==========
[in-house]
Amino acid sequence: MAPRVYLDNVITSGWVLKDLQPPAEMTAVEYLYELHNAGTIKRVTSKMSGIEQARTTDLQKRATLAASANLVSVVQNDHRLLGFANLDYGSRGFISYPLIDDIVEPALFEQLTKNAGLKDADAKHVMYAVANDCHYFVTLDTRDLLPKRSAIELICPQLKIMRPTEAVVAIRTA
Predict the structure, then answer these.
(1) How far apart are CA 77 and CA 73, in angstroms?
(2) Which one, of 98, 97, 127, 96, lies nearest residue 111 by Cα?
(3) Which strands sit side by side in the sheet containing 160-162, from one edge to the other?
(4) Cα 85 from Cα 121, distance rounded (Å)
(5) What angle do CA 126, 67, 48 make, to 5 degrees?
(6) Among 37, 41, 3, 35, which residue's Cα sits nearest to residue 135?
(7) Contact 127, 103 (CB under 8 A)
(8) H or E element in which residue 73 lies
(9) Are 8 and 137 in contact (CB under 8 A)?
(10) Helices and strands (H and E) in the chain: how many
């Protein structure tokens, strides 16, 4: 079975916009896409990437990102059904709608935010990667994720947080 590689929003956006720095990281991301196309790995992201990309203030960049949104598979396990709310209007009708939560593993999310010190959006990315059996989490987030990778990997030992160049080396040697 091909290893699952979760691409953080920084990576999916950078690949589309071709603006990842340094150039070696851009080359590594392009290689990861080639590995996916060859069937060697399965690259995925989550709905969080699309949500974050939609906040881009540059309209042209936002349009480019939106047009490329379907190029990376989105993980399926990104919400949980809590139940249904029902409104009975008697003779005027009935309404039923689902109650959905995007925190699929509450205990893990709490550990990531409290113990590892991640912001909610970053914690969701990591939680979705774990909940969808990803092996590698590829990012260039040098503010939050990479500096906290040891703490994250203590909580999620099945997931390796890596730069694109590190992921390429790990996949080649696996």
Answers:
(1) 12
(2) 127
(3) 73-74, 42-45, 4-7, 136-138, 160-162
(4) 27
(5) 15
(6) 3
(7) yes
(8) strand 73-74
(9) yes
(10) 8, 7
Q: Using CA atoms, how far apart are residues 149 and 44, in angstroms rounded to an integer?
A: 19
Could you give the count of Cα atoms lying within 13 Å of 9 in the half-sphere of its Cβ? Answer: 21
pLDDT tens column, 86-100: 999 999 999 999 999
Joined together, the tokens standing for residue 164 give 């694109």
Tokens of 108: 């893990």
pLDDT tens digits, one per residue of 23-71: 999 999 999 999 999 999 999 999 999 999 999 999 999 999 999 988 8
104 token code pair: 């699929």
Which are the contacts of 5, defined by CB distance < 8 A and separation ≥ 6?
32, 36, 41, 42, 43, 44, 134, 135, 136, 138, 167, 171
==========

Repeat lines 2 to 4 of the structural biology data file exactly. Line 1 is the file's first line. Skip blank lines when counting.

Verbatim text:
Amino acid sequence: MAPRVYLDNVITSGWVLKDLQPPAEMTAVEYLYELHNAGTIKRVTSKMSGIEQARTTDLQKRATLAASANLVSVVQNDHRLLGFANLDYGSRGFISYPLIDDIVEPALFEQLTKNAGLKDADAKHVMYAVANDCHYFVTLDTRDLLPKRSAIELICPQLKIMRPTEAVVAIRTA
Predict the structure, then answer these.
(1) How far apart are CA 77 and CA 73, in angstroms?